Two shapely brown shoulders and a round, roguish face, framed in a triangle of white light, showed above the grand piano's shining ebony. From the keyboard Chopin's Minute Waltz flowed fleetly, ripplingly. For a while it surged along according to Chopin. Then watchers saw an impish flicker of a smile, an insinuating movement of a shoulder. Came the first suggestion of a hot lick; another, and another. Then Hazel Scott began to "break it down," and was off in a wild mélange of pianistics, sweet, hot, Beethoven and Count Basic.
Her fans had known all along what was coming. Hazel Scott, star Negro entertainer of Manhattan's Cafe Society Uptown, was doing what she does best, the thing that has lifted her into showdom's top rank and made her this season's Manhattan sensation: swinging the classics.
But where others murder the classics, Hazel Scott merely commits arson. Classicists who wince at the idea of jiving Tchaikovsky feel no pain whatever as they watch her do it. She seems coolly determined to play legitimately, and for a brief while, triumphs. But gradually it becomes apparent that evil forces are struggling within her for expression. Strange notes and rhythms creep in, the melody is tortured with hints of boogie-woogie, until finally, happily, Hazel Scott surrenders to her worse nature and beats the keyboard into a rack of bones. The reverse is also true: into Tea for Two may creep a few bars of Debussy's Clair de Lune. Says wide-eyed Hazel: "I just can't help it."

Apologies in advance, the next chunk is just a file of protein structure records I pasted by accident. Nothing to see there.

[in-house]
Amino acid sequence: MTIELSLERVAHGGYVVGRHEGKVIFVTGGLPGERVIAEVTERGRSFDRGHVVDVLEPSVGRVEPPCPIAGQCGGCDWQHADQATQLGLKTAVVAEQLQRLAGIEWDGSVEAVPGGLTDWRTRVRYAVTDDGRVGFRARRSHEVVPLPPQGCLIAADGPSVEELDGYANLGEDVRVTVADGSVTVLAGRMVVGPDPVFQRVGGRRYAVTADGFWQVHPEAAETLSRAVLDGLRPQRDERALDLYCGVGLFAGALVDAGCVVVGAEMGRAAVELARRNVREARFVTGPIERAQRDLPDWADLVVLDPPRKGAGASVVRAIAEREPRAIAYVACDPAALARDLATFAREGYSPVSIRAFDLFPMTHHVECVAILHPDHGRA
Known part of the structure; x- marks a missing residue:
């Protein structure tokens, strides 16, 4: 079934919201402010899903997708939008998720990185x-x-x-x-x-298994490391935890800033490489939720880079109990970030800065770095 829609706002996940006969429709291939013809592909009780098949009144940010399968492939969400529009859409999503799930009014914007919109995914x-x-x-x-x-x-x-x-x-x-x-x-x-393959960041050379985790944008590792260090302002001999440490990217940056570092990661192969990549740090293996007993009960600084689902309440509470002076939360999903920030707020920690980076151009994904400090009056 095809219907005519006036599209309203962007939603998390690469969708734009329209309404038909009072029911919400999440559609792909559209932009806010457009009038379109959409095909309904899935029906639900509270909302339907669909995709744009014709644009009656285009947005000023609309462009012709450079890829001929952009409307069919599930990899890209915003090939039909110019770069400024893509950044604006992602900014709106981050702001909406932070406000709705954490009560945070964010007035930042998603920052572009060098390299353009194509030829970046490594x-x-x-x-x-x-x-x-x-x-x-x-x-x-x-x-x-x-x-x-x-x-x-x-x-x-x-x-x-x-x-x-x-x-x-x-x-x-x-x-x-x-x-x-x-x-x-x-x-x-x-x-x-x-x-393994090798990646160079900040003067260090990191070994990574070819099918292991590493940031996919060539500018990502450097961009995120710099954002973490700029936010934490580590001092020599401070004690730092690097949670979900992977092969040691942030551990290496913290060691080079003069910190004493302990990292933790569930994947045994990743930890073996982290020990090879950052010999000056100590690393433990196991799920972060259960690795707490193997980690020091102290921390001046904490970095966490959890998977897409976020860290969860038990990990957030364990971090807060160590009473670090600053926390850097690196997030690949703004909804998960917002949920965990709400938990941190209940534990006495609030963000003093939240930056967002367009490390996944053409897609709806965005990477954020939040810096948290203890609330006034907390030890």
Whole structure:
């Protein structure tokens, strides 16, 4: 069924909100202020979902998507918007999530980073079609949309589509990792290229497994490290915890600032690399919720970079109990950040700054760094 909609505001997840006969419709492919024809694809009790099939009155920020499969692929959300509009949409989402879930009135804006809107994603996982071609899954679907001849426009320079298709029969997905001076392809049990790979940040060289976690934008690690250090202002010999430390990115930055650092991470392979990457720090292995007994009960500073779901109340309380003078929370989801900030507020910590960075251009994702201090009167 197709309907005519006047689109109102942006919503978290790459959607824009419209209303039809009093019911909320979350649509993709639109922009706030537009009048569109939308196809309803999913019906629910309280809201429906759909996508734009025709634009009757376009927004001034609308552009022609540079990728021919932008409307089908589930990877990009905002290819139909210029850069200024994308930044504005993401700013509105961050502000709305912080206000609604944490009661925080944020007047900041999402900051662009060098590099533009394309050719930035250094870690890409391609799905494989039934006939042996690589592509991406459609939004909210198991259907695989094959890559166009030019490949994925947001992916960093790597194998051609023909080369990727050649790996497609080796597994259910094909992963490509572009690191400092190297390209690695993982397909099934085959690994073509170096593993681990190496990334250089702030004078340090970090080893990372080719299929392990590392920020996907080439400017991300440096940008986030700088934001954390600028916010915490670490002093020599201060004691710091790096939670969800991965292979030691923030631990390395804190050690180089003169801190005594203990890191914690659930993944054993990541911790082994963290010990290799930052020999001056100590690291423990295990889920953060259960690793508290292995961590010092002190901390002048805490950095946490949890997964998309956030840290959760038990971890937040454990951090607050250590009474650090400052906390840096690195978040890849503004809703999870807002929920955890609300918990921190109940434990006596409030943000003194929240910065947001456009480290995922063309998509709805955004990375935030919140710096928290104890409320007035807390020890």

Uptown, Downtown. Hazel got this lucrative bad habit while quite young. Born in Trinidad, she had lived in New York's Harlem most of her life. When she was a sober little girl of 13, she was given free piano lessons by a teacher in the Juilliard School. Her teacher got sickthe lessons stopped. She kept on studying the classics herself, but to relieve boredom, now & then sneaked in a few stray blue-notes and hot syncopations. This became instinctive to the point of a wonderful vice.
At 15, after her father's death, she became pianist in an all-female band. Three years later she stopped a Broadway show, Sing Out the News, with her sultry rendition of Franklin D. Roosevelt Jones. But her break came with a chance to fill in for ailing Blues Singer Ida Cox at Barney Josephson's downtown Café Society, a Manhattan Mecca for jazz connoisseurs. Result: Hazel Scott has been entertaining Café Society audiences ever since. Two years ago Showman Josephson opened a Cafe Society Uptown to house her art with greater swank, now finds it packed nightly with Scott fans: socialites, Broadway sophisticates, savants-about-town. Celebrities regard her with reverence, movie stars ask her for autographs. When Lieut. Commander John Duncan Bulkeley (They Were Expendable) came to New York, he picked out Hazel Scott on the welcoming platform, greeted her with "I've always wanted to meet you, Miss Scott."